Many of the critics of Najib ascribe this to his attempt to weaken the opposition through his reforms, particularly the ‘One Malaysia’ policy. This policy it was alleged to be an attempt to drive a wedge between the major opposition parties. The Unity government proposal by Najib was meant to promote Malay and Muslim cohesion. It was seen by the opposition as a move to weaken them and as a reversion to the days of Malay favouritism in society. However, a Unity government is also in all likelihood to break from any external pressures. At the same time, Najib is seen as a stronger leader than Badawi. He is perceived as being articulate, forward looking and educated with a better grasp of economics.
The current trends in Malaysian politics can be applied to many other pluralistic societies. Social differences and multiculturalism should be acknowledged by the political elites in a pluralistic society in order to achieve peaceful governance.
Malaysian politics and the conviction of Anwar Ibrahim
Significance of the One Malaysia Policy
- Among the most critical moments in Malaysian politics was the conviction of Anwar Ibrahim, former deputy prime minister under the Mahathir government (1993-1998) who later emerged as a staunch critique of Mahathir’s administration. In 1999, he was convicted for six years in prison on charges of corruption that was extended to another nine years in 2000, a charge that was later reversed by the Federal court. This incident marked a significant shift in the support for the Mahathir government, particularly at the grass root level where people were deeply affected by the humiliation of Ibrahim. For the first time in the history of Malaysia, a huge gap between the rich and the poor emerged.
- Despite uncertainties surrounding the One Malaysia Policy, it is driven by the objective of uniting the Malays and Non-Malays in Malaysia. There prevails a general perception that Malaysia is a country for native Malays and alienates the Non-Malay community. It was basically to bring about a gradual change in this perception that the government changed its policy and style of governance. Najib wanted to make a difference in the style of governance. However it would be extremely hard for any Malaysian prime minister to bring such a change overnight. It is hard to reconcile people’s interests on the one hand and move towards an egalitarian society on the other. Moreover, the reservations in economic reforms further entrench already existing inequalities and make communities dependent. Malaysia used to be one of the best English speaking countries in the region but today it is no longer the case.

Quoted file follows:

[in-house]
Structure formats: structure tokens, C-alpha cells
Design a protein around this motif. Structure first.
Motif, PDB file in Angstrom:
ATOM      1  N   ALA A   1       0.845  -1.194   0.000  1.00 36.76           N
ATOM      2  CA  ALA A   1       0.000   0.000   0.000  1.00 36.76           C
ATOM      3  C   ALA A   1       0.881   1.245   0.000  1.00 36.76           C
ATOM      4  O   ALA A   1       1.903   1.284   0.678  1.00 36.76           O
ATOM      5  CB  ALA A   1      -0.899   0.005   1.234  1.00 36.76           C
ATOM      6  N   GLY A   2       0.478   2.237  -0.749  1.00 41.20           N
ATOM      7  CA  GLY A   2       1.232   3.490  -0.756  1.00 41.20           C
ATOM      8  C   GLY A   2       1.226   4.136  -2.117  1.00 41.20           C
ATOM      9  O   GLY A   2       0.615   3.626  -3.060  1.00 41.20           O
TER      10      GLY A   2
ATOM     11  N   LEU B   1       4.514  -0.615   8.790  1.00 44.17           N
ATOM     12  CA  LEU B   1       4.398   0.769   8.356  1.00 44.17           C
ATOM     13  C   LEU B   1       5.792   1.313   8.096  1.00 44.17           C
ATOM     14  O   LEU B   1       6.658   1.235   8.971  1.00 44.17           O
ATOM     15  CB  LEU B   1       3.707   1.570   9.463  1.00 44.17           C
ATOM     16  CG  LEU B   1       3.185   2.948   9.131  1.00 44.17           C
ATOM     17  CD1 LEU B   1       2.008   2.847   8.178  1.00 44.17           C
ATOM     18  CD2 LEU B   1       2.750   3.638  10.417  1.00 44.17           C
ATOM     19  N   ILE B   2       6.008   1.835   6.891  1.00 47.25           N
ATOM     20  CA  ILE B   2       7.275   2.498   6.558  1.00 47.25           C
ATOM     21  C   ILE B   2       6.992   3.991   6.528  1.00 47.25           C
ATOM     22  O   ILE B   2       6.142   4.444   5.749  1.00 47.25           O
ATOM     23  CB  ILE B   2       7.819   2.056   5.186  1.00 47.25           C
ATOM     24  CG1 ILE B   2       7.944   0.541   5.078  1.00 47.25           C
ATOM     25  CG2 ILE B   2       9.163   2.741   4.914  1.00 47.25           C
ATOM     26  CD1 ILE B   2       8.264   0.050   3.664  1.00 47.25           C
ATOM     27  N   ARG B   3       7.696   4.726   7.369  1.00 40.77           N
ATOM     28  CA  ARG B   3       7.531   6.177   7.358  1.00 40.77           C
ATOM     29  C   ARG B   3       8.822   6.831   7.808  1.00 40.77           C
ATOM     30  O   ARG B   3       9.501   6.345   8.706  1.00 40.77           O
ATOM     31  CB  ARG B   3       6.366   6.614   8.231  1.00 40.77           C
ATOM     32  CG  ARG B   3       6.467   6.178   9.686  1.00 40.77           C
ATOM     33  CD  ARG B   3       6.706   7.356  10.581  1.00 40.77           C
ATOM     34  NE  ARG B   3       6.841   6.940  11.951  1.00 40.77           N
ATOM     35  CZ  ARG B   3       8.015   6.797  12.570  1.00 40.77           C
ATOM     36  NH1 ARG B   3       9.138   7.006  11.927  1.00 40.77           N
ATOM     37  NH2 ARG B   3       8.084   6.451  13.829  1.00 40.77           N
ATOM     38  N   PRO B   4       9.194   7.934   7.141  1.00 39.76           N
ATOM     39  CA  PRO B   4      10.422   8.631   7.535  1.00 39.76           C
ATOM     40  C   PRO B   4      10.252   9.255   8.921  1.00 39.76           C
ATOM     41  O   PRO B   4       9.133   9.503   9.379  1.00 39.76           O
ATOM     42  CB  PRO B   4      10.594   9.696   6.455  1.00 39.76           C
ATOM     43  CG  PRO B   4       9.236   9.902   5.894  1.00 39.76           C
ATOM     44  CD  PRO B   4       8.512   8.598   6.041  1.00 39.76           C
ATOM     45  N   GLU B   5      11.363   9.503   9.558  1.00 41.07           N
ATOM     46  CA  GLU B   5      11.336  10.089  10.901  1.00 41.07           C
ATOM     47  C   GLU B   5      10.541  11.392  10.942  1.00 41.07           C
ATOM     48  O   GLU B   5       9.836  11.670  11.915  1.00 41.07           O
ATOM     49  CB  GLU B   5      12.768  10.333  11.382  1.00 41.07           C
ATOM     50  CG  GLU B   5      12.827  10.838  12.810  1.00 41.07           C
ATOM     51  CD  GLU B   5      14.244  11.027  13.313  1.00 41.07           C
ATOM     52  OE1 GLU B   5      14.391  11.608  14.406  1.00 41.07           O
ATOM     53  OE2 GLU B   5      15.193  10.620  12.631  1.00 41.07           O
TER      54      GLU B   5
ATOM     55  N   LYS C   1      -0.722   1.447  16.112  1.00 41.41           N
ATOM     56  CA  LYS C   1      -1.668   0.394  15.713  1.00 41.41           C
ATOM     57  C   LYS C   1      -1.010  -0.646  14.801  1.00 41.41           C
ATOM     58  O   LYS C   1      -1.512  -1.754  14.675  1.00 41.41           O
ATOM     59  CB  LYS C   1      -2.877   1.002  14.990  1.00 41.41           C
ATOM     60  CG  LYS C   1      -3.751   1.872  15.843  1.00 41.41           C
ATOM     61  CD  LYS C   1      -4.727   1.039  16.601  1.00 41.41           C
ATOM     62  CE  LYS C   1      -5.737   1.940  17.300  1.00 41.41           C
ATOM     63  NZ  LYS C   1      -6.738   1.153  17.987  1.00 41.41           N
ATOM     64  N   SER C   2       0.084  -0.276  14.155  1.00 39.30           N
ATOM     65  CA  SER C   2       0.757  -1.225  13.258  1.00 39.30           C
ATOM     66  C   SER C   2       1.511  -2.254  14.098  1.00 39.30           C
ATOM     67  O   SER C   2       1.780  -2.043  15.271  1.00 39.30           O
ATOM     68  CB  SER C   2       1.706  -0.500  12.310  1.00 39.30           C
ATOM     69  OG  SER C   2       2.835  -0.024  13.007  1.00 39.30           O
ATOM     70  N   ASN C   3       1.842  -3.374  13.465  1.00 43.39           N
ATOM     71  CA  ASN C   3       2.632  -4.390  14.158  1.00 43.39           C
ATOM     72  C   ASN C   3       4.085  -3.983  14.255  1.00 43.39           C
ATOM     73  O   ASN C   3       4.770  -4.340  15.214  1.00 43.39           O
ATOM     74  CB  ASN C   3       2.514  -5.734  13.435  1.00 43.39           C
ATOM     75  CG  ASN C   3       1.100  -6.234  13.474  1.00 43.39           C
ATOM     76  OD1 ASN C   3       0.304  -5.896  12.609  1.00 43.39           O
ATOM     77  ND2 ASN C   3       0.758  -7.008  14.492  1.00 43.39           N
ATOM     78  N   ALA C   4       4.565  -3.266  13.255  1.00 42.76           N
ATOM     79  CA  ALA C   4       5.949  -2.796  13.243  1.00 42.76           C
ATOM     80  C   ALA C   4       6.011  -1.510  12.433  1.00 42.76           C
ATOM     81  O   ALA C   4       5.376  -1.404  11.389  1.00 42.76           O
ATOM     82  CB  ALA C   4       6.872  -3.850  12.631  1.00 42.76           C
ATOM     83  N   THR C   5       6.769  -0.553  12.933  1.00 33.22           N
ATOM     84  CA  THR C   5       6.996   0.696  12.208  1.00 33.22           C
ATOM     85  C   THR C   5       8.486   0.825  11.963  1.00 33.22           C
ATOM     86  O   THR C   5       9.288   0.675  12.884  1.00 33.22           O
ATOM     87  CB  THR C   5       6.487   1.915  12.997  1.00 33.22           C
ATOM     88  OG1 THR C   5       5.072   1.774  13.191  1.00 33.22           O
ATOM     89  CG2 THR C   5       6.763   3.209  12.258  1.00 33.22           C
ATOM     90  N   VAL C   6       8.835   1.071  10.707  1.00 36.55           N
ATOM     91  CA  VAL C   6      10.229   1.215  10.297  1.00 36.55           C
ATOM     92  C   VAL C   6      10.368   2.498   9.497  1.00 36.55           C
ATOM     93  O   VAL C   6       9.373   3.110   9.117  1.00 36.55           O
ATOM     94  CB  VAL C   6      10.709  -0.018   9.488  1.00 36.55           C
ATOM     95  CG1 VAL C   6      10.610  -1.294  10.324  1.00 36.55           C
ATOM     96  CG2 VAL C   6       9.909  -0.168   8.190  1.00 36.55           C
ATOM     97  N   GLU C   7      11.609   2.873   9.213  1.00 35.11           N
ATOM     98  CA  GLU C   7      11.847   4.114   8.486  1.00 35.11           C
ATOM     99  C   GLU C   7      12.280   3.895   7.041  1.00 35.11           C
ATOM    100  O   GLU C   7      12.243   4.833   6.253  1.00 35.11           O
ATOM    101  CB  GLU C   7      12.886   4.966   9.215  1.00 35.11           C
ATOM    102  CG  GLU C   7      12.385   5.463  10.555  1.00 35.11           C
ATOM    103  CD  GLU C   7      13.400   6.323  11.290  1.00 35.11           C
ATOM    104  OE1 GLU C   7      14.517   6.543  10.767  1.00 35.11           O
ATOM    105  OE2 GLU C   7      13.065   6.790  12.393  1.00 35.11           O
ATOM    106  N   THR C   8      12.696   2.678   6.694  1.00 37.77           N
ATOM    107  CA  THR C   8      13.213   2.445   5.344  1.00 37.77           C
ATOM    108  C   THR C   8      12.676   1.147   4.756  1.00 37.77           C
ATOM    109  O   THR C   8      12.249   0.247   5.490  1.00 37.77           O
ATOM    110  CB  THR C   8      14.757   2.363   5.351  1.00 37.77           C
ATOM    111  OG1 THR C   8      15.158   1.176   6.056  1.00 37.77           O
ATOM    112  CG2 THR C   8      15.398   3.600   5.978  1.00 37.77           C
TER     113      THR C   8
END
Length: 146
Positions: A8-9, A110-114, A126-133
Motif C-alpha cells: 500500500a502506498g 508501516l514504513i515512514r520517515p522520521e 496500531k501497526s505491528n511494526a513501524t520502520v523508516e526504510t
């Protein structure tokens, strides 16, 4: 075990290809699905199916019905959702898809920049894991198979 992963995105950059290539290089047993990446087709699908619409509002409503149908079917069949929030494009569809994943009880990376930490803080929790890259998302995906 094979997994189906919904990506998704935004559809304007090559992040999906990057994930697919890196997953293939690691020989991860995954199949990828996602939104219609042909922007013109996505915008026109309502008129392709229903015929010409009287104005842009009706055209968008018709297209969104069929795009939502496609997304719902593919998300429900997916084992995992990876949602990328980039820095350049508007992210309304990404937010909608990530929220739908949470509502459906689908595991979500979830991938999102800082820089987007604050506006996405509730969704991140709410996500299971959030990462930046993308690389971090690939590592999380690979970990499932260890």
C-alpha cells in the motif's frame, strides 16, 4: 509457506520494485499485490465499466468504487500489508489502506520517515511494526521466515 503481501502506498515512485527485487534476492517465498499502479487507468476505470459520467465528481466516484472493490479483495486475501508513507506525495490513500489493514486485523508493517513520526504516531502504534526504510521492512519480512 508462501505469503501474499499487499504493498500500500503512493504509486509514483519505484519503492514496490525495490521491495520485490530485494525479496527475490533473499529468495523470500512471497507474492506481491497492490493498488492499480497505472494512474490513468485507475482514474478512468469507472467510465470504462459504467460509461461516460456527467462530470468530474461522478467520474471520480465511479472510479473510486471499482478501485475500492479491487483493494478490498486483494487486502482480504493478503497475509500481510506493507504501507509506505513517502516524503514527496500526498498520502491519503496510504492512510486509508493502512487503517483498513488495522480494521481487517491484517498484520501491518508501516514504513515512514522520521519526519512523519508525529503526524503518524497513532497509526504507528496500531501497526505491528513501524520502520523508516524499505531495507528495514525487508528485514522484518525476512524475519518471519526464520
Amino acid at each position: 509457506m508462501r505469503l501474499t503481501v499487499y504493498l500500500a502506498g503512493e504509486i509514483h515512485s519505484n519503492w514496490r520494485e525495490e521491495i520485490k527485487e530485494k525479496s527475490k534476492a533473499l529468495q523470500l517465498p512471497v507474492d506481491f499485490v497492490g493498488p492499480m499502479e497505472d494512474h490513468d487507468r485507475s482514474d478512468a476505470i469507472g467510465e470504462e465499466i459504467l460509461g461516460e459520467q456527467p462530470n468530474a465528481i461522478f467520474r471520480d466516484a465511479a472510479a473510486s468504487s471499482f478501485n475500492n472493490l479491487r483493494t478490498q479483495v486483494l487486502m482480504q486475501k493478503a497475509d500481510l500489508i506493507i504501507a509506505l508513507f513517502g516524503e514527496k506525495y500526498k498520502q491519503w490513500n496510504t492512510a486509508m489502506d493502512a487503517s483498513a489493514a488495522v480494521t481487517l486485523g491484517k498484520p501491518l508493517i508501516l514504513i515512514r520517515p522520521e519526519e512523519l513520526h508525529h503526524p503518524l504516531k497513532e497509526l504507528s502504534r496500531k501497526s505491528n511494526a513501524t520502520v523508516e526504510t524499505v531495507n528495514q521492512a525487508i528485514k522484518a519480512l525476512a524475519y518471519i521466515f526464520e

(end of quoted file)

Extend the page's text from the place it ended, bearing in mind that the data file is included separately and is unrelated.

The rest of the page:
A comparison of Mahathir, Badawi and Najib in Malaysian Politics
- Malaysia is a young pluralistic nation trying to determine its national identity. The colonial legacy has had some negative effects such as the compartmentalization of social groups. In Malaysian society, the Chinese ethnicities have learnt not to completely depend on the government. The Indian community on the other hand needs to do some introspection to analyse what they can do to improve their lot and also contribute to Malaysian society. The Indian media tends to play a negative role in projecting the Malaysian government’s policies as discriminatory. But it must be remembered that Malaysia’s cultural ties with India are very strong and the two countries share a very relaxed travel environment reflected in the large number of Indian tourists. Today the Malaysian Foreign Service has more Indians than Chinese in its ranks. Indian media should be broad minded and look on the positive side of what Najib is doing and how it is affecting India. The internet is a great means to access some alternative views on what is really happening in Malaysia. The March 2008 elections were in fact a victory for the internet and its scope.
Harnit Kaur Kang and Tuli Sinha
- Mahathir had strong leadership qualities which were absent in the quite low profile Badawi. Najib gained over Badawi due to several reasons primarily political lineage and a man-of-the-future image. His performance under pressure also added to his political profile. However, he has limited time to perform and show results.